• With apps and games, make sure you have played the game or read a review to determine the suitability for your child’s age and stage of development. Tip: can be a great resource for this.
  • Use the privacy settings available. Every game and app have a settings section where you can make it as safe as possible. Of course, for those of a young age, parental involvement is always going to be the best way to not only ensure your young person stays safe, but to help guide and nurture the best online habits and experiences.
  • Give them some clear warnings around time limits and finishing up on the screen. E.g. one more game, one more episode of a show, etc.
  • Have another activity ready for them to go on with. That way they can see that the technology is not being taken away as a punishment, but merely to ensure they have time and attention to devote to all of the other activities that are important to their day.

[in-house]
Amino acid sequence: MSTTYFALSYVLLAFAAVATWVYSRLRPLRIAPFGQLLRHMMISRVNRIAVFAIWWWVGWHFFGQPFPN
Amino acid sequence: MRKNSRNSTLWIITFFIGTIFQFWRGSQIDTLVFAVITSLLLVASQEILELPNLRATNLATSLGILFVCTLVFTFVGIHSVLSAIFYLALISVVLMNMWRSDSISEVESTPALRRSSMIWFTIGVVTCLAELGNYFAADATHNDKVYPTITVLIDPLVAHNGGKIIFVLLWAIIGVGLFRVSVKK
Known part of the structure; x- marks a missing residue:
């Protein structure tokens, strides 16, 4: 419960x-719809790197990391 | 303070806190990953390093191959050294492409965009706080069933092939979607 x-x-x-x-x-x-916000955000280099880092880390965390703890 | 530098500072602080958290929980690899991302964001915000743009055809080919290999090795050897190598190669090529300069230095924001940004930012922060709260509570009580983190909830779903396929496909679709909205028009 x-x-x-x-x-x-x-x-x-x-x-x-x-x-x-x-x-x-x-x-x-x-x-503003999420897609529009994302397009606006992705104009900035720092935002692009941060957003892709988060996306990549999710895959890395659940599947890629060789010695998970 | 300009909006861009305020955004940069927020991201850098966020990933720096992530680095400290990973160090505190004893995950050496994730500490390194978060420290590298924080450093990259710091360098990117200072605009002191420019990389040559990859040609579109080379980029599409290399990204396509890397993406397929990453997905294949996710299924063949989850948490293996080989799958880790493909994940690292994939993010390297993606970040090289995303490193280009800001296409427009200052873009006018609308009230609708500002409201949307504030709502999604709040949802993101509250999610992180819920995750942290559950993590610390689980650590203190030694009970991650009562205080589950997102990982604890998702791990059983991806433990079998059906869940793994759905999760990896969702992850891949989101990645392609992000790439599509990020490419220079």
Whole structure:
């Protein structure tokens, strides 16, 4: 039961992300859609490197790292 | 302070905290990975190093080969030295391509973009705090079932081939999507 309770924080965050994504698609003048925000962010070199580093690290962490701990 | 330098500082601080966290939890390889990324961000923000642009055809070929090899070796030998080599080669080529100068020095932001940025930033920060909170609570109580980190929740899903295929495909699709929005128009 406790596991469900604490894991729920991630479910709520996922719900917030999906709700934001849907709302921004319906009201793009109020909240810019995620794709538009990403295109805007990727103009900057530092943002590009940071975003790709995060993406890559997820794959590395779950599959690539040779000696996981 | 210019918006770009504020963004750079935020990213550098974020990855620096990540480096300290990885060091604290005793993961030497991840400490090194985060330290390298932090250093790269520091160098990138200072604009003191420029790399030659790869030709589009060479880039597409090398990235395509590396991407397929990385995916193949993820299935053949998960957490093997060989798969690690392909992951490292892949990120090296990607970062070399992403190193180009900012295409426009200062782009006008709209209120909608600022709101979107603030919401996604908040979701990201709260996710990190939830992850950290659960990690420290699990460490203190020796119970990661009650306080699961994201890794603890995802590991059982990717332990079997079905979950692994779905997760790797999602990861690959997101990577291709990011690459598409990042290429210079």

For these younger ages therefore, the main communication needs to be around the premise that whilst the devices and screens may certainly play a role in their lives, they are just one of the many ways that young people have at their disposal to learn, to develop, to be entertained and to connect and their safety is always a priority.

If a young person has started with some solid boundaries around technology use, it is a lot easier to manage the transitions and help them better regulate their behaviours themselves as they get older.

Middle Years: Upper Primary School to Tweens

Video: Martine Oglethorpe speaking about the middle years.

This age group has also had a huge increase in screentime due to increased time with remote learning, with many taking up some forms of messaging platforms and social media at much earlier ages due to the need to remain connected to their friends. Whilst a sense of belonging and connection was hugely important, the by-product of that is a far greater immersion in some of those social networks that happened at earlier ages and without as much guidance or teaching. Whilst it may feel for many therefore that “the horse has bolted” so to speak, and it is now hard to take back that time and access to those platforms, there are still things we can do to help those young people manage their time and online experiences.